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Weekly Gardening Tips for Your Area


Winter Hardy Plants for Your Garden

Lynn Coulter
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Holly Berries

Cold weather shouldn’t keep you from enjoying your garden. Even when the mercury plummets and snow arrives in parts of the U.S., there are still plants that add interest, texture, and color to the landscape. We can help you choose winter-hardy plants that will grow or stay attractive even while dormant.

Evergreen holly is a terrific winter-hardy shrub, with species that thrive in USDA hardiness zones 3 to 10. While we usually associate them with Christmas, these handsome shrubs deserve a year-round spot in your garden. Look for plants with green or variegated leaves; some have spines, while others don’t.

Plant at least one male and female holly if you want berries, which can be red, yellow, orange, or black. Although humans can’t eat the berries, many birds love them, and will visit your yard to snack on the colorful fruit. Along with a well-stocked feeder, hollies can boost your bird-watching opportunities.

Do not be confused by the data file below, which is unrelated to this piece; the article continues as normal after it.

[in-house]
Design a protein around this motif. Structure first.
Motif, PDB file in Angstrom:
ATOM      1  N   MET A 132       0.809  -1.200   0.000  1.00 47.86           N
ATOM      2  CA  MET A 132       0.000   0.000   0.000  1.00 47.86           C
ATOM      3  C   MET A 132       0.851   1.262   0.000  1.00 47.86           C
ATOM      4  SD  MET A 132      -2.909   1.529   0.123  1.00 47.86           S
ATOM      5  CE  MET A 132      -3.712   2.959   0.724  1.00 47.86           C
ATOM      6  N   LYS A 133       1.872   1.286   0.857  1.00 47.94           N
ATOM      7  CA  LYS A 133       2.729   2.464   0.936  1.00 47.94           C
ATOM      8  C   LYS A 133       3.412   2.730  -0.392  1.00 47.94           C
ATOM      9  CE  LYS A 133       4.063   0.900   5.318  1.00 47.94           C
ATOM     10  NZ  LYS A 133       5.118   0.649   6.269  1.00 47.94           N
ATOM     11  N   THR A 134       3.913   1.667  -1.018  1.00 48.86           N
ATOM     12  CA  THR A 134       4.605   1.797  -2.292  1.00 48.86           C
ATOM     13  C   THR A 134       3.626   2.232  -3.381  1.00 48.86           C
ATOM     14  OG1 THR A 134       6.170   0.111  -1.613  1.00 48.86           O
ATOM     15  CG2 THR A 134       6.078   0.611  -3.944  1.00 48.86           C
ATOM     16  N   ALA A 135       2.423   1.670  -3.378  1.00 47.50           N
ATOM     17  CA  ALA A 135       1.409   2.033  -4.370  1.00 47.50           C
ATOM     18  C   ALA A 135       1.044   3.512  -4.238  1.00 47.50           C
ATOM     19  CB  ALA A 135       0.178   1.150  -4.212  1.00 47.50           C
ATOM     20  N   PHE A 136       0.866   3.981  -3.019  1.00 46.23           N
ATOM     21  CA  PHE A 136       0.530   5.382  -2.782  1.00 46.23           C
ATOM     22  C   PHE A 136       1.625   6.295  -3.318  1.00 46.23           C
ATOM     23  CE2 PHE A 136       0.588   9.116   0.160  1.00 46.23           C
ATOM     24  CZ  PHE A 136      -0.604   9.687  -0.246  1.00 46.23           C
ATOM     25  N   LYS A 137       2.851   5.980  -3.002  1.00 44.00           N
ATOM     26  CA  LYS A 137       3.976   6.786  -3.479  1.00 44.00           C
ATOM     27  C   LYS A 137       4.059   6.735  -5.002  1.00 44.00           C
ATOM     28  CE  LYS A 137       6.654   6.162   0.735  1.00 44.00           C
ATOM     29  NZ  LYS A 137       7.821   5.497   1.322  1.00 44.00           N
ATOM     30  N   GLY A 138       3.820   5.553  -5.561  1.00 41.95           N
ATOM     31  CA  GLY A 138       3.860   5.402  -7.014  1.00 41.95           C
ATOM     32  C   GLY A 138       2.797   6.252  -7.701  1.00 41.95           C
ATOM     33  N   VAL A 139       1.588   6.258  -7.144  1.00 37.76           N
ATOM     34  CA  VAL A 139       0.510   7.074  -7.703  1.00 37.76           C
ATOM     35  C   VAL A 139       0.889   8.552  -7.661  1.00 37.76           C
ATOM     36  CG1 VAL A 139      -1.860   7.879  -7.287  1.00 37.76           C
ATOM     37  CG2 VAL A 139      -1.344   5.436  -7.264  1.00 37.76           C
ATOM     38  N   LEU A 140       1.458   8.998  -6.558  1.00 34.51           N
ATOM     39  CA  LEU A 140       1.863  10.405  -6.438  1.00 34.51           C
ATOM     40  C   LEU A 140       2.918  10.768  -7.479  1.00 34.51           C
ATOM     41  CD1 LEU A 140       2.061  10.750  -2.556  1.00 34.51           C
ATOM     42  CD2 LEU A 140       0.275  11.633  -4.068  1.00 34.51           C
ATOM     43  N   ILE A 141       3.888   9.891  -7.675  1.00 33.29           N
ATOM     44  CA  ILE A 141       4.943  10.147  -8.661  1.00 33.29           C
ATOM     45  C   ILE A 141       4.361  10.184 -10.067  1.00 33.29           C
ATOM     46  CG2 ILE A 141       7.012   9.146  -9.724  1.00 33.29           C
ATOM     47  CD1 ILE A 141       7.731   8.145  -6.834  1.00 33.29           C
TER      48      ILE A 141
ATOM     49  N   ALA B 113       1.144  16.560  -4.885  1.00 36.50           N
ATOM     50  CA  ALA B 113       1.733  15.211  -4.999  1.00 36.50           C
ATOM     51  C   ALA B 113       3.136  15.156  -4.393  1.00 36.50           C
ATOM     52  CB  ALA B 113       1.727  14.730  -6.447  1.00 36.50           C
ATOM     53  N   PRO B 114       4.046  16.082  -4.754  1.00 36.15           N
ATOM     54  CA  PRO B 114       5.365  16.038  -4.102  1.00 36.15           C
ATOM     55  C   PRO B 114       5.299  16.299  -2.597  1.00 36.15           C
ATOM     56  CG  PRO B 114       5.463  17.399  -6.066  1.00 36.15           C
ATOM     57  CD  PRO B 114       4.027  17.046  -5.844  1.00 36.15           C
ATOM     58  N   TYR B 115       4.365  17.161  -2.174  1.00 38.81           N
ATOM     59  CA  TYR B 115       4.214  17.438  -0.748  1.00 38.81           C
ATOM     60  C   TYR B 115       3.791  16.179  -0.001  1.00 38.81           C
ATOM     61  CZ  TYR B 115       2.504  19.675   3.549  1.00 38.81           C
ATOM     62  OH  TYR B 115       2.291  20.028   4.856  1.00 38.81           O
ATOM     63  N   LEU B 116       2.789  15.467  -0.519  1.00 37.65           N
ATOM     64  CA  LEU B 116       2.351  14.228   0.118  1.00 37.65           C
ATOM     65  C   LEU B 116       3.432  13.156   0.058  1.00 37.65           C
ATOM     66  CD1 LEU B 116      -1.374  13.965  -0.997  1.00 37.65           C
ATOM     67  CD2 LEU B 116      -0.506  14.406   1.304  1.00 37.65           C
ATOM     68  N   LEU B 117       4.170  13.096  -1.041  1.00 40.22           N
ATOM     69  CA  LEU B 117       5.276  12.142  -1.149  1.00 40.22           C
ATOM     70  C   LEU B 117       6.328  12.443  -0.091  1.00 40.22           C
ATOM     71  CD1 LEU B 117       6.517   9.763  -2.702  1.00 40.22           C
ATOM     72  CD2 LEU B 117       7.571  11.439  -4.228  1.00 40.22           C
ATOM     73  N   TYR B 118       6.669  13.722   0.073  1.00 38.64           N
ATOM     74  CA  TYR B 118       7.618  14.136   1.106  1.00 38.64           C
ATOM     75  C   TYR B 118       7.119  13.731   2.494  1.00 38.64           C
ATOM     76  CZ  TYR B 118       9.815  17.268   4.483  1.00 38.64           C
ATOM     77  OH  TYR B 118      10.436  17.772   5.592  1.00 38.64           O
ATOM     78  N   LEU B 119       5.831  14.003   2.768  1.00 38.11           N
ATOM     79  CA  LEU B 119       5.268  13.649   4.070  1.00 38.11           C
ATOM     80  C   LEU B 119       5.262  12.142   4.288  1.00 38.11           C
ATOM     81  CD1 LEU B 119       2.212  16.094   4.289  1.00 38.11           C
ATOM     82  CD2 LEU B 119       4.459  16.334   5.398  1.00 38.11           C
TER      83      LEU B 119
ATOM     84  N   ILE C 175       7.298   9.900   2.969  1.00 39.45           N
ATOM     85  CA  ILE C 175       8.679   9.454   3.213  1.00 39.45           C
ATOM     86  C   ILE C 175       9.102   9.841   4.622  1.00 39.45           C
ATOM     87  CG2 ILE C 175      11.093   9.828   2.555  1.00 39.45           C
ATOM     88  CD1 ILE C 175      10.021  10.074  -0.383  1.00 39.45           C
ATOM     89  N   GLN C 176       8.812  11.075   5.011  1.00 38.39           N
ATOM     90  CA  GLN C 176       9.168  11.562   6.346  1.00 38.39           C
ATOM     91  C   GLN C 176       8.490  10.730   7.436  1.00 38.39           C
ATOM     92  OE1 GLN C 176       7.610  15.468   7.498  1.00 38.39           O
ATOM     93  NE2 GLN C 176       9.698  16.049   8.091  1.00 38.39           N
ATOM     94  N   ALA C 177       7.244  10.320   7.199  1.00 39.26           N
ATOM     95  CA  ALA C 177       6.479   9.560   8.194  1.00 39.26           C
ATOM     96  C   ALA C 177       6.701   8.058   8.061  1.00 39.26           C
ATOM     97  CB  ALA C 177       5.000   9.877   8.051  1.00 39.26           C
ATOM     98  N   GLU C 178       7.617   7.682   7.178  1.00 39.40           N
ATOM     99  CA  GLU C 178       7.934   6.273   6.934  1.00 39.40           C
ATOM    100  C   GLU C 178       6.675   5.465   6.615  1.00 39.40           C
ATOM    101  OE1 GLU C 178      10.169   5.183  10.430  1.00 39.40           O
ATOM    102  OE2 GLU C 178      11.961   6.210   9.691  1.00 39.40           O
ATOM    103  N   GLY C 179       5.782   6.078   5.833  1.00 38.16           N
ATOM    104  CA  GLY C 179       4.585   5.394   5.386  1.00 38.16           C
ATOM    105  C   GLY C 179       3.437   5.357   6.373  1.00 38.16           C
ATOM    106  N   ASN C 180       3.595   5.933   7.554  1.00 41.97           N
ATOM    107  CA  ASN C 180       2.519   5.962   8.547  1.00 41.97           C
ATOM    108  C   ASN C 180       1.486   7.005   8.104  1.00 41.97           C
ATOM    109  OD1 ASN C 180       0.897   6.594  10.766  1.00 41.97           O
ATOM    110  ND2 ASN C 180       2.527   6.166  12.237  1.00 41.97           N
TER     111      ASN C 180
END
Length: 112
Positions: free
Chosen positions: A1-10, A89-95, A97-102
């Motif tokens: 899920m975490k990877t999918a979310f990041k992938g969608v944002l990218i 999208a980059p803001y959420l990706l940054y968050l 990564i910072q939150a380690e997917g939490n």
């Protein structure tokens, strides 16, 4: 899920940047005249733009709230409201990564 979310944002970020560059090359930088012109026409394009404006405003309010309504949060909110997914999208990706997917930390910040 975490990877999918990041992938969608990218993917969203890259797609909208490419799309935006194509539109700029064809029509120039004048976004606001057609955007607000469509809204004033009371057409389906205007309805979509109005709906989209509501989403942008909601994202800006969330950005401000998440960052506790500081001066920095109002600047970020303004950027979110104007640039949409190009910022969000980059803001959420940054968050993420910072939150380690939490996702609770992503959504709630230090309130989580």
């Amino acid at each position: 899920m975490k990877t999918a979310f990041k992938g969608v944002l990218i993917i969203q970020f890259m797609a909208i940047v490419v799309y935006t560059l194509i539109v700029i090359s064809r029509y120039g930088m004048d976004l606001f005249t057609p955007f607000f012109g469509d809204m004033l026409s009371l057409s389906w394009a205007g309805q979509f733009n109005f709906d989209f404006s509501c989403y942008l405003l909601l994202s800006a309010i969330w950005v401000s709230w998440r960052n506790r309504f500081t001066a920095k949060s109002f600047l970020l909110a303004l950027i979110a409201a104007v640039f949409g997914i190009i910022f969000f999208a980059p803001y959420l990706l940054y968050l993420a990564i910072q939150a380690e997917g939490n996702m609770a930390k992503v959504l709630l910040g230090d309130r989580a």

Crape myrtles, with their attractive bark, also keep the show going in your winter garden, and northern gardeners can plant patches of snowdrops, little bulbs that send up delicate white flowers even through the snow. Depending on your location, witch hazel, camellias, and pansies are other good choices for winter color.

Need more ideas? Click on a link below:

Winter Hardy Plants for the South

Winter Hardy Plants for the North

Winter Hardy Plants for the West

Image: Shutterstock/Pefkos




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